When is the last time you went outside of your genealogical comfort zone and learned something unrelated to your usual research area? One of my favorite sayings is, “you don’t know what you don’t know.” That statement especially holds true for genealogy. Attending the BYU Conference on Family History and Genealogy last week, I decided to try out some classes in areas where I’m not a specialist and find out what I didn’t know.
I attended classes by experts Peggy Lauritzen, Curt Witcher, Paul Woodbury, and Dan Poffenberger. Topics included Ohio Land, Native American research, Best Practices for DNA, and Irish research. Was it a valuable use of my time? Absolutely. It’s good for us to stimulate our brains and learn something new. Regardless of the topic, we can make connections to our own research brick walls and get ideas of how to solve them.
Today I’m sharing a snippet from each presentation and giving you my take on how to use the information to become a better researcher.
Peggy Lauritzen: “Ohio, The Great Land Experiment”
Miss Peggy gave us an entertaining hour learning about the history of the northeastern United States and the migration of easterners into Ohio. Her use of maps reminded me of the importance of learning about location. Ohio land was distributed by both the state (metes and bounds) and the federal government (rectangular system). In Peggy’s words, a mess for the researcher but not insurmountable.
The Ohio land map of the various grants, tracts, districts and cessions is invaluable to understanding how your ancestor might have received land. The FamilySearch Research Wiki article “Ohio Land and Property” gives excellent information about each distribution. Peggy demonstrated the website Earth Point to locate any township and range on Google Earth, a useful tool to pinpoint your ancestor’s historical location on a current topographical map.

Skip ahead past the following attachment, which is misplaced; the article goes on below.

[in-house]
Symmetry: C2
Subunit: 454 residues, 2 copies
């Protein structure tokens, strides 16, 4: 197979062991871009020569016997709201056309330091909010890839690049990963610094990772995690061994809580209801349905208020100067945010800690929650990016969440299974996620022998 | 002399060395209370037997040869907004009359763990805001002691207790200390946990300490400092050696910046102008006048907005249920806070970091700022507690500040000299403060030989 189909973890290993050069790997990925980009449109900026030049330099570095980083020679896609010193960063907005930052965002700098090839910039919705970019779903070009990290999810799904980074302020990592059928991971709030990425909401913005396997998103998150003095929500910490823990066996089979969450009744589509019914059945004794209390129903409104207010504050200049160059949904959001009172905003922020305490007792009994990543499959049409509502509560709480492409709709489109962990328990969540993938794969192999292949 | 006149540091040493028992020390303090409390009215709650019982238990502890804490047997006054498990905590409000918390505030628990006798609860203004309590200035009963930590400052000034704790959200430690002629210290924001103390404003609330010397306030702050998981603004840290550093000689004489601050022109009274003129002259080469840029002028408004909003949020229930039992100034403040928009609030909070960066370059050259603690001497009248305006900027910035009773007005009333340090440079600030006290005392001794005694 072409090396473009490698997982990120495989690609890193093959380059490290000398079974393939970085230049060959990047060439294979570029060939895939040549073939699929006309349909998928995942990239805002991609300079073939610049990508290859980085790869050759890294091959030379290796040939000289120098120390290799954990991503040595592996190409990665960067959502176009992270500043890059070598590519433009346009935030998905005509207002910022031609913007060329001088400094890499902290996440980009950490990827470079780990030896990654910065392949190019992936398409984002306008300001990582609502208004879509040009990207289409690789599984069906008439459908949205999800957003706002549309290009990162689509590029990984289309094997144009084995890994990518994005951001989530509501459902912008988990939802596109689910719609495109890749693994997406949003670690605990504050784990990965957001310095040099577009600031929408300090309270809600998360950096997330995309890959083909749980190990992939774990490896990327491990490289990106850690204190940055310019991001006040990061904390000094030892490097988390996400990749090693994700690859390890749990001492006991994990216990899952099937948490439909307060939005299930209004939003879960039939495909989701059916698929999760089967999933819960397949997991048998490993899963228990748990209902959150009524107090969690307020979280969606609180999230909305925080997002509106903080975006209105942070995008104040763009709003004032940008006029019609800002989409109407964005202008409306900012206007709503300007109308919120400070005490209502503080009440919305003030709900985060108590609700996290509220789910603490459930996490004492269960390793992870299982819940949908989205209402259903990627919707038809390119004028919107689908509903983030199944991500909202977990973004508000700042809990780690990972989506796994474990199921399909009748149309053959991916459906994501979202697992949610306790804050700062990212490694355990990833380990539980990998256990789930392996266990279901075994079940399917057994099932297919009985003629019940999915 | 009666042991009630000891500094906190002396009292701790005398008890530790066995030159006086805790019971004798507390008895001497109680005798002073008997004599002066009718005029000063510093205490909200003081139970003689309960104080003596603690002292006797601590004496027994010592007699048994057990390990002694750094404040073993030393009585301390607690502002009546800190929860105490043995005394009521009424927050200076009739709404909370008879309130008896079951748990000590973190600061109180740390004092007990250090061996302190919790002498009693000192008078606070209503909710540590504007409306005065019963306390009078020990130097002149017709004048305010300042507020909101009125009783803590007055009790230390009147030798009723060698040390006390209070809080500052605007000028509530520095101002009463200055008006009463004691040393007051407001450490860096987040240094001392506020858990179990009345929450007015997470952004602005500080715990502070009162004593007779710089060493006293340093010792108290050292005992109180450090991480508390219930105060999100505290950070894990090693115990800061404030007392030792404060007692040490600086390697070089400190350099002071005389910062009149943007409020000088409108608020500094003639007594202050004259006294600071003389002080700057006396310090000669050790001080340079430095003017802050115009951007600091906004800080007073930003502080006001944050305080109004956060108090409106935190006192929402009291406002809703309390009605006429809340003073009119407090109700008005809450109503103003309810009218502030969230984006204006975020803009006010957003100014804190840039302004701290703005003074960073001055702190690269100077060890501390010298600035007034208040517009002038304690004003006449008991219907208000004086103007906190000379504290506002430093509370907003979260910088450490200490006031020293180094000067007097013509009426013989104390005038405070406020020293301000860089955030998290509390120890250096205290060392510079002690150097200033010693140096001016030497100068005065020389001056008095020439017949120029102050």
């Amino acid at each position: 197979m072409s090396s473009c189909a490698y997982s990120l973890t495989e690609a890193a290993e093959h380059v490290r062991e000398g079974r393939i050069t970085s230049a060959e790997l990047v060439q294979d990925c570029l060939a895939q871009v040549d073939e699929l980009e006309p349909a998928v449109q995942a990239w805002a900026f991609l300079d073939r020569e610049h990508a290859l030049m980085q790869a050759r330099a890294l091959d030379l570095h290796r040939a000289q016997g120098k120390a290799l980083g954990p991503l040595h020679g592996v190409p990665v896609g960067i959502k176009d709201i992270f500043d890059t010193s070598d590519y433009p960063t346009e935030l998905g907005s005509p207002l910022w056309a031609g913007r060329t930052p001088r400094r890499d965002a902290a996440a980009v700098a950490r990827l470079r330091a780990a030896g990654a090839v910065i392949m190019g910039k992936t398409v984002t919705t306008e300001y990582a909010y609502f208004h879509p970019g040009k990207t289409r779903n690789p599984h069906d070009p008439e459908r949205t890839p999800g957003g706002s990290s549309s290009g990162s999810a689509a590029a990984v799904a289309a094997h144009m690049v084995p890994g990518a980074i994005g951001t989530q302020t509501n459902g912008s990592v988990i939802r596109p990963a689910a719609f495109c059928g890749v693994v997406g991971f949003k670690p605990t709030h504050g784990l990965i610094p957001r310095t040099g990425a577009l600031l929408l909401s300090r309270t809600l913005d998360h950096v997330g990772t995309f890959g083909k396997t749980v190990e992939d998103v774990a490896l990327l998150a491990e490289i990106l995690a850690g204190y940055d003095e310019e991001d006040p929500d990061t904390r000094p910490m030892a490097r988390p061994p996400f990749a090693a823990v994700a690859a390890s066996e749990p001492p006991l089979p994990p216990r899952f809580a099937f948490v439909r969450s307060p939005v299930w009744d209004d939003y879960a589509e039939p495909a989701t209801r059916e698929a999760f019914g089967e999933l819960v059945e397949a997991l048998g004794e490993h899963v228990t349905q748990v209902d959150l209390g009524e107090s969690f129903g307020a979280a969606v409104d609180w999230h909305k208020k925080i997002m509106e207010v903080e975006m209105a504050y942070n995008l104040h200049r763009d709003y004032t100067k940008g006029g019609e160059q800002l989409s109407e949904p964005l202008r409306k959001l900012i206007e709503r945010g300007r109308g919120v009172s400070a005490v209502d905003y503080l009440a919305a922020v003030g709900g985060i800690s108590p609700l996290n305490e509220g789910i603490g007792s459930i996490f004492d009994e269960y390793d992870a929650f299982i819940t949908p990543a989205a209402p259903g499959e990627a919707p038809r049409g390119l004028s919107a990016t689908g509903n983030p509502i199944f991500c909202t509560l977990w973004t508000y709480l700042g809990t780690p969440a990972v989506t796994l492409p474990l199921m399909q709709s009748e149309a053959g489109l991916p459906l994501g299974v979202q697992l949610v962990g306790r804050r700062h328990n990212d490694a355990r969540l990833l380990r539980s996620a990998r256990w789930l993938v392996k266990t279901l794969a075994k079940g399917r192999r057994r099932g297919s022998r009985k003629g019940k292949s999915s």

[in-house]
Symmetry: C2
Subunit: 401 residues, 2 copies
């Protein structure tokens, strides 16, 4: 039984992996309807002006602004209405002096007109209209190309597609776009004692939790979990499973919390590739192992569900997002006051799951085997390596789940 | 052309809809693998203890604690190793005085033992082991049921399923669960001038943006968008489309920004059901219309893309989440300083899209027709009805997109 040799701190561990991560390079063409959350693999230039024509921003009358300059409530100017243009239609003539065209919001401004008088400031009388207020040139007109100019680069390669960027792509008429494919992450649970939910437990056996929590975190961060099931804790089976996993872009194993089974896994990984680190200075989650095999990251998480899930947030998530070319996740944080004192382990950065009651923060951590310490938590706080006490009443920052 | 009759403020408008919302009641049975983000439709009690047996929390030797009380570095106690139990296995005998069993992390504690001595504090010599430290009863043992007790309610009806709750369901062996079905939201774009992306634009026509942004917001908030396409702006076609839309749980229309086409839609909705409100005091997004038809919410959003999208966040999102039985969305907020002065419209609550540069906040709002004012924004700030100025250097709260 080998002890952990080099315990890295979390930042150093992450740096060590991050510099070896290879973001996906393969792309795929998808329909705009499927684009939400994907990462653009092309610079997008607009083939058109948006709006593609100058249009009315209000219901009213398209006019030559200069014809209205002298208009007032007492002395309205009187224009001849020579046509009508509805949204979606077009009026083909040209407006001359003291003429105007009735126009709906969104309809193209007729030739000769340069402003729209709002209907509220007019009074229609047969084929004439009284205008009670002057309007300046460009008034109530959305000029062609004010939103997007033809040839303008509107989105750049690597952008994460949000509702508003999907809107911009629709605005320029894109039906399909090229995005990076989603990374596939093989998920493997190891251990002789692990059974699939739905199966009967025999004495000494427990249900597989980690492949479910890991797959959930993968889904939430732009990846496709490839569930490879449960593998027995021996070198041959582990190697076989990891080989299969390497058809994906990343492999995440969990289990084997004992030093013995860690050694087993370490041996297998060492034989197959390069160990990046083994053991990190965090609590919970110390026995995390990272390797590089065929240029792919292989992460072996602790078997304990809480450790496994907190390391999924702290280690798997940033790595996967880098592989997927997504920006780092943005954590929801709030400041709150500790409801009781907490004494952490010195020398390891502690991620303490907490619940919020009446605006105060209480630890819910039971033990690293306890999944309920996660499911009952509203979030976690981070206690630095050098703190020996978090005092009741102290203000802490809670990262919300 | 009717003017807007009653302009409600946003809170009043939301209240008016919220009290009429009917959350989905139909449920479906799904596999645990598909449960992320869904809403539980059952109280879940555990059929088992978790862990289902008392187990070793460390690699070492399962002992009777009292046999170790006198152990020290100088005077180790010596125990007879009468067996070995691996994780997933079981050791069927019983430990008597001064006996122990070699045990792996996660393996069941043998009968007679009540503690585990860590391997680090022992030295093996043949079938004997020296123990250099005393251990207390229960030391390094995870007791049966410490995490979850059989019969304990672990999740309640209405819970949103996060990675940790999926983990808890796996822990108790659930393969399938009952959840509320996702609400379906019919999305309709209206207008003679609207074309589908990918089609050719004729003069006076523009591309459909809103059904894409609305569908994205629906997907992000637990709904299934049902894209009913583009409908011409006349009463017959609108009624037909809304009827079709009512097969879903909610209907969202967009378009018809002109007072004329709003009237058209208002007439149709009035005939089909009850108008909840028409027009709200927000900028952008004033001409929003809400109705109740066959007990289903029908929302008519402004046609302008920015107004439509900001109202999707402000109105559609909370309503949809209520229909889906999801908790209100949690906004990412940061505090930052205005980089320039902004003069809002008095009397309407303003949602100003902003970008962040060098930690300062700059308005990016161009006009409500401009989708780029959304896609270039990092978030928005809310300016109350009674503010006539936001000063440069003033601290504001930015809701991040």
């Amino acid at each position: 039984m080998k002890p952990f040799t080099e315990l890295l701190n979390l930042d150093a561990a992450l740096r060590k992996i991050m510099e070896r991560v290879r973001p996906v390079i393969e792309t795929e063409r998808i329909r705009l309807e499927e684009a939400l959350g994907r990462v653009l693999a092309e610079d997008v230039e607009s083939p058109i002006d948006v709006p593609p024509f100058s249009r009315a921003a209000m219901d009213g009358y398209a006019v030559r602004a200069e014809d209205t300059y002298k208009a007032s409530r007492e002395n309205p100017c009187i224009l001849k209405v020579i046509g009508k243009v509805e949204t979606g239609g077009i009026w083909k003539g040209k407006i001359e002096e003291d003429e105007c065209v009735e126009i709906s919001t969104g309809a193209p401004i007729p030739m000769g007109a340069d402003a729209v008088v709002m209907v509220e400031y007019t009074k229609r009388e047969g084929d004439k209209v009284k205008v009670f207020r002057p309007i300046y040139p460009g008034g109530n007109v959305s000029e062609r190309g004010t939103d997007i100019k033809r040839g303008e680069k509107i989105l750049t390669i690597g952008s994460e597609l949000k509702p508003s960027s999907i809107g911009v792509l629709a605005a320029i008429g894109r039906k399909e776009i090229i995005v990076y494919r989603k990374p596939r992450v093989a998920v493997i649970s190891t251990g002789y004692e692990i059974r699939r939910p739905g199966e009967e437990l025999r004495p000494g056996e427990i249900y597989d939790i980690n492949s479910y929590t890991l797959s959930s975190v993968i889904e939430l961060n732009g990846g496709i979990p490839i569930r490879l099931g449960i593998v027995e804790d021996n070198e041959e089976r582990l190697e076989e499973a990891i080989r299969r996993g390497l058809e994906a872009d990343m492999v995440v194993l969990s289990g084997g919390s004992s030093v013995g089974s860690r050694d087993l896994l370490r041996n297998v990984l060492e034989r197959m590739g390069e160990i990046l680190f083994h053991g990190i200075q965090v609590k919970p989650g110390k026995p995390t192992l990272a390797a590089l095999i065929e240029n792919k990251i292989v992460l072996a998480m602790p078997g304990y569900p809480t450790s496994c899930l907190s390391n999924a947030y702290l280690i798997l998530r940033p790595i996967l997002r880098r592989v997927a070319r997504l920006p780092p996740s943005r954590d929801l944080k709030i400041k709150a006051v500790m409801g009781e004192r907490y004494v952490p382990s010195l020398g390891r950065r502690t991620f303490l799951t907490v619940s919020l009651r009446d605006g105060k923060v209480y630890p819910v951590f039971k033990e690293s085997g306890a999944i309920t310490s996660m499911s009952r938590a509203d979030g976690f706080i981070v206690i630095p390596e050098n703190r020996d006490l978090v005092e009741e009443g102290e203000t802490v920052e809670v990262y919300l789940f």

TIP: Dive into the history and maps of your research locality. An hour or two spent in learning will reap dividends in your understanding of the area and help you further your research.
Paul Woodbury – “DNA Best Practices”
I was hoping to get some good ideas on how best to approach my DNA results and Paul’s class didn’t disappoint. He covered four main points.
Publication: I learned that there is a lot we can do to make ourselves more approachable on the DNA websites – upload a profile picture, add a surname list, and attach a family tree to our results. We may like to remain anonymous, but that isn’t going to encourage our matches to correspond with us.
Organization: Tools that we use to organize our genealogy can also be used to organize our DNA results. Think research logs, tables, charts, research reports, family group records. Stay tuned – I’m going to experiment with these then I’ll share my experiences.
Collaboration: We all understand the importance of sharing photos, stories, and documents with other researchers. What goes around, comes around. The same principle holds true with DNA matches. The more we’re willing to share with our new cousins, the more information they will share.